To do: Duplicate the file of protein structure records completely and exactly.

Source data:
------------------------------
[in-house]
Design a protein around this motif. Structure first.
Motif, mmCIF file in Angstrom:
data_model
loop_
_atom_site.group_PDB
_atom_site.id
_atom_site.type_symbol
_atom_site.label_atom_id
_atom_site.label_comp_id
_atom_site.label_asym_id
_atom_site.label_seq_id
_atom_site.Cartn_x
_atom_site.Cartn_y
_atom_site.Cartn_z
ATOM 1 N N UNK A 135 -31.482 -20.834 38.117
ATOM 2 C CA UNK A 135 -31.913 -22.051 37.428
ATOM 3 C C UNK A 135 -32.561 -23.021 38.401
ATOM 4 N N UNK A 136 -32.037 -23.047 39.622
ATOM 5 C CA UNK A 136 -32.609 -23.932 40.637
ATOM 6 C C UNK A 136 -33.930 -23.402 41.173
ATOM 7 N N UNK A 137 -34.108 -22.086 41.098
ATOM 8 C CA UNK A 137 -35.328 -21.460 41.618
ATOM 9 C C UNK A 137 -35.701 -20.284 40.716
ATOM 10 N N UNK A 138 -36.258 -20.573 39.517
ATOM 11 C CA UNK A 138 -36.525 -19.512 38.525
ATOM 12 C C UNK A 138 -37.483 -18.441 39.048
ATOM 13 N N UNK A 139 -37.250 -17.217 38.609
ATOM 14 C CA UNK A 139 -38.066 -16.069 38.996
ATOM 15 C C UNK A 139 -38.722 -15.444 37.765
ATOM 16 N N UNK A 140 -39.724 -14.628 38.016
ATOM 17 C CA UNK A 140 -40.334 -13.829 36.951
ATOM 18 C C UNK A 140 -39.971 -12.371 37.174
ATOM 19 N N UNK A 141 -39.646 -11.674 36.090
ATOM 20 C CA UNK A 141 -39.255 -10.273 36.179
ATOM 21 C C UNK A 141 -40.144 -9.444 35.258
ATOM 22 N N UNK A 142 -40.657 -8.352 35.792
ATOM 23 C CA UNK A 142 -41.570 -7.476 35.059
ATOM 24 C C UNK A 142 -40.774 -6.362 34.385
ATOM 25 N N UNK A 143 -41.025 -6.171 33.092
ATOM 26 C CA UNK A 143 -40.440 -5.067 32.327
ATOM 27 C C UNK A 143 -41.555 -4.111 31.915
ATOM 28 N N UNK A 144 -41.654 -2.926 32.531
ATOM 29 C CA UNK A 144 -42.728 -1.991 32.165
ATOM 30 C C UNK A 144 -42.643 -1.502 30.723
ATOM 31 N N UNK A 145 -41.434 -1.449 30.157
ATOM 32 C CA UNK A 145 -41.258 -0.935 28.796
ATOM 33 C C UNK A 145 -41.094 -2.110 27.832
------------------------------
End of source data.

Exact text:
[in-house]
Design a protein around this motif. Structure first.
Motif, mmCIF file in Angstrom:
data_model
loop_
_atom_site.group_PDB
_atom_site.id
_atom_site.type_symbol
_atom_site.label_atom_id
_atom_site.label_comp_id
_atom_site.label_asym_id
_atom_site.label_seq_id
_atom_site.Cartn_x
_atom_site.Cartn_y
_atom_site.Cartn_z
ATOM 1 N N UNK A 135 -31.482 -20.834 38.117
ATOM 2 C CA UNK A 135 -31.913 -22.051 37.428
ATOM 3 C C UNK A 135 -32.561 -23.021 38.401
ATOM 4 N N UNK A 136 -32.037 -23.047 39.622
ATOM 5 C CA UNK A 136 -32.609 -23.932 40.637
ATOM 6 C C UNK A 136 -33.930 -23.402 41.173
ATOM 7 N N UNK A 137 -34.108 -22.086 41.098
ATOM 8 C CA UNK A 137 -35.328 -21.460 41.618
ATOM 9 C C UNK A 137 -35.701 -20.284 40.716
ATOM 10 N N UNK A 138 -36.258 -20.573 39.517
ATOM 11 C CA UNK A 138 -36.525 -19.512 38.525
ATOM 12 C C UNK A 138 -37.483 -18.441 39.048
ATOM 13 N N UNK A 139 -37.250 -17.217 38.609
ATOM 14 C CA UNK A 139 -38.066 -16.069 38.996
ATOM 15 C C UNK A 139 -38.722 -15.444 37.765
ATOM 16 N N UNK A 140 -39.724 -14.628 38.016
ATOM 17 C CA UNK A 140 -40.334 -13.829 36.951
ATOM 18 C C UNK A 140 -39.971 -12.371 37.174
ATOM 19 N N UNK A 141 -39.646 -11.674 36.090
ATOM 20 C CA UNK A 141 -39.255 -10.273 36.179
ATOM 21 C C UNK A 141 -40.144 -9.444 35.258
ATOM 22 N N UNK A 142 -40.657 -8.352 35.792
ATOM 23 C CA UNK A 142 -41.570 -7.476 35.059
ATOM 24 C C UNK A 142 -40.774 -6.362 34.385
ATOM 25 N N UNK A 143 -41.025 -6.171 33.092
ATOM 26 C CA UNK A 143 -40.440 -5.067 32.327
ATOM 27 C C UNK A 143 -41.555 -4.111 31.915
ATOM 28 N N UNK A 144 -41.654 -2.926 32.531
ATOM 29 C CA UNK A 144 -42.728 -1.991 32.165
ATOM 30 C C UNK A 144 -42.643 -1.502 30.723
ATOM 31 N N UNK A 145 -41.434 -1.449 30.157
ATOM 32 C CA UNK A 145 -41.258 -0.935 28.796
ATOM 33 C C UNK A 145 -41.094 -2.110 27.832